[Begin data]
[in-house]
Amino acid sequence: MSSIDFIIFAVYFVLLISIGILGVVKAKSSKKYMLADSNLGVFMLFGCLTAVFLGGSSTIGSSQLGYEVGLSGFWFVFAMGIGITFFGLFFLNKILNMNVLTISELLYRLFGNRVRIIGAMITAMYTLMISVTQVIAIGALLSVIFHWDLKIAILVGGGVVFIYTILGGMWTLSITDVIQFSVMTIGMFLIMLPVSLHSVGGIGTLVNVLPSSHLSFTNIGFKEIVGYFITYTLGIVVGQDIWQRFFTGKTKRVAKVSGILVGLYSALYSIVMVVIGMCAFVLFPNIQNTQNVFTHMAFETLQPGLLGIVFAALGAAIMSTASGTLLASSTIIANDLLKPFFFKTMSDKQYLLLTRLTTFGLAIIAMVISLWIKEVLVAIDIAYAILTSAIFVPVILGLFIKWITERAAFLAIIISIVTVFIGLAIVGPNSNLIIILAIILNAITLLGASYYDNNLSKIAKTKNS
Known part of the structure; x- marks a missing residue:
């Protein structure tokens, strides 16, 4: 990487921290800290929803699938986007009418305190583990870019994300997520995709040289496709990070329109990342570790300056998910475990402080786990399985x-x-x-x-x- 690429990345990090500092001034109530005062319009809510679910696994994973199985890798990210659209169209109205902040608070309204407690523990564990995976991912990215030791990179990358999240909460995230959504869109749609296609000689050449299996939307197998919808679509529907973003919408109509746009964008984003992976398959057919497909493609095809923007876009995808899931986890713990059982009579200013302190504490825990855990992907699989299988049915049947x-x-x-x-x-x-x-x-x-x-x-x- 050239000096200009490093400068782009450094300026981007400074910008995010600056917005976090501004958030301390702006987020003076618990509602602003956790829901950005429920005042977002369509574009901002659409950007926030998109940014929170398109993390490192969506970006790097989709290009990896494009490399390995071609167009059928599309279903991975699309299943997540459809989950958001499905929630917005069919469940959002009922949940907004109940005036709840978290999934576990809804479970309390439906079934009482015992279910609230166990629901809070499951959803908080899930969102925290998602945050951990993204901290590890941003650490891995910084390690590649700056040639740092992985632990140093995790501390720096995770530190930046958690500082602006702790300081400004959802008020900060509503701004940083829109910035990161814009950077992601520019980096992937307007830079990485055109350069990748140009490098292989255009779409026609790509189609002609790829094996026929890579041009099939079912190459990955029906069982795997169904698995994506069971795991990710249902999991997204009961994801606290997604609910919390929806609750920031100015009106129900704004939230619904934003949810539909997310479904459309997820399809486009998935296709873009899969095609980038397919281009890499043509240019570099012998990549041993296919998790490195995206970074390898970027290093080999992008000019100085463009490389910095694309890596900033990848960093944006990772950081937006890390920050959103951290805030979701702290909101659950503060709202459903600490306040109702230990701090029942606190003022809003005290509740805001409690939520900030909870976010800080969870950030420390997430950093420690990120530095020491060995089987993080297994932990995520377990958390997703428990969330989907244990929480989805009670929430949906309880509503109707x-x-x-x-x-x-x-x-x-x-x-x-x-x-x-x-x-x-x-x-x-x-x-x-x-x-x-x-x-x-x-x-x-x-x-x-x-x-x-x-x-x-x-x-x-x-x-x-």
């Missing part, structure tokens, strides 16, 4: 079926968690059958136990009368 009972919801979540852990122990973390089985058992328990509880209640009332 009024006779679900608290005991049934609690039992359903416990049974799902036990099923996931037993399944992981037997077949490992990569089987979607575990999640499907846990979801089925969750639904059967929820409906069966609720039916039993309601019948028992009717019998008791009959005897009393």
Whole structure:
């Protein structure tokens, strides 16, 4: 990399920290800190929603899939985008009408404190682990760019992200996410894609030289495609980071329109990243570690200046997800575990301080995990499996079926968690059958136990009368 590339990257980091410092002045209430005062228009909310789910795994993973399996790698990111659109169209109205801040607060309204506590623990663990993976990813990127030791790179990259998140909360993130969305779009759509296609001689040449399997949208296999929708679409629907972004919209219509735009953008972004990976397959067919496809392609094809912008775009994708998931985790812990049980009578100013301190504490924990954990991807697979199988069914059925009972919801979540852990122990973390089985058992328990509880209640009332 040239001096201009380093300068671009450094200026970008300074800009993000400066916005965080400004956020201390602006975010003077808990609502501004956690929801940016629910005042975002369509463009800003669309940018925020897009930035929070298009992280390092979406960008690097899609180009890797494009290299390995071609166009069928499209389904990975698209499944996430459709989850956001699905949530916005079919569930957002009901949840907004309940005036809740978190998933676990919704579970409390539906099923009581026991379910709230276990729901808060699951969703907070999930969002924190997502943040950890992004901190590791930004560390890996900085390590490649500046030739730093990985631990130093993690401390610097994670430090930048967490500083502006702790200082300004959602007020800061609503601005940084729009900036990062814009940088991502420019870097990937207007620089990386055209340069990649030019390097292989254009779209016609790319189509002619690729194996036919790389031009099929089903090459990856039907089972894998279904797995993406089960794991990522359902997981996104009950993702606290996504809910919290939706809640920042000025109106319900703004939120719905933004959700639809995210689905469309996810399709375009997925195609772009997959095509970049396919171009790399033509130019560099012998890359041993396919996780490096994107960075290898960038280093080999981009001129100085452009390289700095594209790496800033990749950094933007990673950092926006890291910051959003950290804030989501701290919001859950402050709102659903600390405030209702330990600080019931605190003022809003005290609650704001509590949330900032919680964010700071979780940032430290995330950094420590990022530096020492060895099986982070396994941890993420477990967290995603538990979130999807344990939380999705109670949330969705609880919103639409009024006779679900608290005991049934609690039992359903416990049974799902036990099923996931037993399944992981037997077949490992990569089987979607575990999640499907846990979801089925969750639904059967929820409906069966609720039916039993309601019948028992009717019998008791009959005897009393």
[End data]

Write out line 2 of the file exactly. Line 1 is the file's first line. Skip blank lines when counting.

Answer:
Amino acid sequence: MSSIDFIIFAVYFVLLISIGILGVVKAKSSKKYMLADSNLGVFMLFGCLTAVFLGGSSTIGSSQLGYEVGLSGFWFVFAMGIGITFFGLFFLNKILNMNVLTISELLYRLFGNRVRIIGAMITAMYTLMISVTQVIAIGALLSVIFHWDLKIAILVGGGVVFIYTILGGMWTLSITDVIQFSVMTIGMFLIMLPVSLHSVGGIGTLVNVLPSSHLSFTNIGFKEIVGYFITYTLGIVVGQDIWQRFFTGKTKRVAKVSGILVGLYSALYSIVMVVIGMCAFVLFPNIQNTQNVFTHMAFETLQPGLLGIVFAALGAAIMSTASGTLLASSTIIANDLLKPFFFKTMSDKQYLLLTRLTTFGLAIIAMVISLWIKEVLVAIDIAYAILTSAIFVPVILGLFIKWITERAAFLAIIISIVTVFIGLAIVGPNSNLIIILAIILNAITLLGASYYDNNLSKIAKTKNS